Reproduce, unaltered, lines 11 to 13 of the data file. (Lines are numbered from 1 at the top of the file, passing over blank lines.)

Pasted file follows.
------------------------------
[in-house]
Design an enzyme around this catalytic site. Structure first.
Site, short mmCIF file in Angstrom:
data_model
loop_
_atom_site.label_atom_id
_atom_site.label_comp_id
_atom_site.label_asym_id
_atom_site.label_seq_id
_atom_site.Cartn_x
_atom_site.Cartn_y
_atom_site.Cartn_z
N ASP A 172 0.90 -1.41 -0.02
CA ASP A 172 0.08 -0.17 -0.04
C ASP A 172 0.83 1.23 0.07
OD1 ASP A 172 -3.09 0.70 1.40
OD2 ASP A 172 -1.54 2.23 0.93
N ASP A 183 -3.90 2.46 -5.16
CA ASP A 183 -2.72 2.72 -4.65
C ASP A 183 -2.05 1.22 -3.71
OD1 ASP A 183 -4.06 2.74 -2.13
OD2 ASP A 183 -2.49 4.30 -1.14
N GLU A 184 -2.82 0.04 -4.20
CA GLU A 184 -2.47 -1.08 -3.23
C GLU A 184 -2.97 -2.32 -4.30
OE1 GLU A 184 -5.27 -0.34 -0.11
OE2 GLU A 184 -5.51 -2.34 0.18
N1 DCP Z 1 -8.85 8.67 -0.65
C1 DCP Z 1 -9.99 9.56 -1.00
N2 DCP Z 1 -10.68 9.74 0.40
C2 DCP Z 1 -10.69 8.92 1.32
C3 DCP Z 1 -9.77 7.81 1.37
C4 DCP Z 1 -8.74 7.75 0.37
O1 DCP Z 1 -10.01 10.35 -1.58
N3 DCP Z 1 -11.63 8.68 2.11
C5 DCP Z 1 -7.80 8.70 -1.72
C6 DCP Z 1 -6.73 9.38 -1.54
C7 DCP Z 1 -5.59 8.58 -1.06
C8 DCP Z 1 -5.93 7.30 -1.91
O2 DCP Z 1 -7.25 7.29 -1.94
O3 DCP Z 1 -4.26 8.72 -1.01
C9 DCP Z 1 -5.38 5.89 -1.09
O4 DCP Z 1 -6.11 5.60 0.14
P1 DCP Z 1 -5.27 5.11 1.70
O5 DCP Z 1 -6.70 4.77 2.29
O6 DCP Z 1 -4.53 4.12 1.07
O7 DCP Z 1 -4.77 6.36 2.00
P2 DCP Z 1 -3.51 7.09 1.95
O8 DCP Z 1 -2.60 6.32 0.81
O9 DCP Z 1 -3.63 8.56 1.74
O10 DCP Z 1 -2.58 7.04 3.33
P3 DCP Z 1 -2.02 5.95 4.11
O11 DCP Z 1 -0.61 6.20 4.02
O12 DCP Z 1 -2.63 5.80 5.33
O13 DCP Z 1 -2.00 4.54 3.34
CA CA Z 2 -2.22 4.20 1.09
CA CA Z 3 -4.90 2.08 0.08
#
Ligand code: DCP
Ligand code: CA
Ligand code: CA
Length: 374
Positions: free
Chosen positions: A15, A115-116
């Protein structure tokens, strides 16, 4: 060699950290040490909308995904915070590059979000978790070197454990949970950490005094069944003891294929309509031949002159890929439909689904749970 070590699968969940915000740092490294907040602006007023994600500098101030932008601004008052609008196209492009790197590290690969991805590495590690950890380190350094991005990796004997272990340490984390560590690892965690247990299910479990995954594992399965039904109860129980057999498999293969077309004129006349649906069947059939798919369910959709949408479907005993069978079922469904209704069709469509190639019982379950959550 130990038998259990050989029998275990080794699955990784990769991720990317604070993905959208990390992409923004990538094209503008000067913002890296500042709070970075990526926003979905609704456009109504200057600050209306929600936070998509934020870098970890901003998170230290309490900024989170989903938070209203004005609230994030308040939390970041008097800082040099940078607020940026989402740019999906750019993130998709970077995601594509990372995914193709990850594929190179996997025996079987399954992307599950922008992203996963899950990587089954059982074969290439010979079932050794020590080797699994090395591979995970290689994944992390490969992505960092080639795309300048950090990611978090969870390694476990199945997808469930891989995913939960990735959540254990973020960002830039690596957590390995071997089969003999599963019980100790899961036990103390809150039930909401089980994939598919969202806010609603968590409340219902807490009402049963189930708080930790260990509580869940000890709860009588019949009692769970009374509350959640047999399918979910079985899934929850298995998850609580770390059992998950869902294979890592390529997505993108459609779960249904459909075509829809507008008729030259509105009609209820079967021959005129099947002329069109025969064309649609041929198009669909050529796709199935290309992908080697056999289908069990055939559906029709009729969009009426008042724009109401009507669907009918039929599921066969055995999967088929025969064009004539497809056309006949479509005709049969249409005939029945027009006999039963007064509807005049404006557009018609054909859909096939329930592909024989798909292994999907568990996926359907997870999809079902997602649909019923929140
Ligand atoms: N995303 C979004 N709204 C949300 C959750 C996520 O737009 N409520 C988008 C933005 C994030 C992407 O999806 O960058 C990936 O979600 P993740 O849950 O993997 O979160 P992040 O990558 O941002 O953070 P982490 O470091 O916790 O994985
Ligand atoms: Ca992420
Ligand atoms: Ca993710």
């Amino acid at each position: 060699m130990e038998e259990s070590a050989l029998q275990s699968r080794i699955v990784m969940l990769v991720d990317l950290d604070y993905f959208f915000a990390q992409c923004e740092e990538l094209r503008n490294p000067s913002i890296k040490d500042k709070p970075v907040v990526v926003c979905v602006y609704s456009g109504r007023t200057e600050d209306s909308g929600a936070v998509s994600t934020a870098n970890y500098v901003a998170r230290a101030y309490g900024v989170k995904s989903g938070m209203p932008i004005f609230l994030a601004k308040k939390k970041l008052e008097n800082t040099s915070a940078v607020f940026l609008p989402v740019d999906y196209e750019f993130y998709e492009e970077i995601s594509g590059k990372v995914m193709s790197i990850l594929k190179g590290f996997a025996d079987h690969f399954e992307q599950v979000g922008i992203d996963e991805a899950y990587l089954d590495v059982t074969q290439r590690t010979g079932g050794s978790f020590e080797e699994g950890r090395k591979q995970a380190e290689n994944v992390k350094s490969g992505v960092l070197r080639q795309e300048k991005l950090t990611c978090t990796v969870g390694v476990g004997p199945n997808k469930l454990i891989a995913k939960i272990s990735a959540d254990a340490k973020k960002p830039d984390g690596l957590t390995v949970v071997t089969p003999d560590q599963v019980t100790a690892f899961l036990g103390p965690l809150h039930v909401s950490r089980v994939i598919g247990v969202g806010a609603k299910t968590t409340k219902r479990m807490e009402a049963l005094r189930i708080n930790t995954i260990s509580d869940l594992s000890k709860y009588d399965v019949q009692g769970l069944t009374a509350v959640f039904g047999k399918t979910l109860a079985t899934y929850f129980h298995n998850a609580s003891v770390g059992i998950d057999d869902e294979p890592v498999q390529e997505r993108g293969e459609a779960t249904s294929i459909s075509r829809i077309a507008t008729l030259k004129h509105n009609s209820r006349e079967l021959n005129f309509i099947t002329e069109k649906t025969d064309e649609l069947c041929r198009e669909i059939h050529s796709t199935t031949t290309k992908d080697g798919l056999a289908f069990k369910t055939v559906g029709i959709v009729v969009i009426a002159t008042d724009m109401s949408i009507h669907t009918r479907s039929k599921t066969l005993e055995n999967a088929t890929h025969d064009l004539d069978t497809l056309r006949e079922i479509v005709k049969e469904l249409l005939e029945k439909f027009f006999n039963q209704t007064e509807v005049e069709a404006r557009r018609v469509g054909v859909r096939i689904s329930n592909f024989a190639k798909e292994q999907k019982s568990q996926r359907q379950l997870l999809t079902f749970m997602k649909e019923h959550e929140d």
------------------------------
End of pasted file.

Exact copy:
_atom_site.Cartn_y
_atom_site.Cartn_z
N ASP A 172 0.90 -1.41 -0.02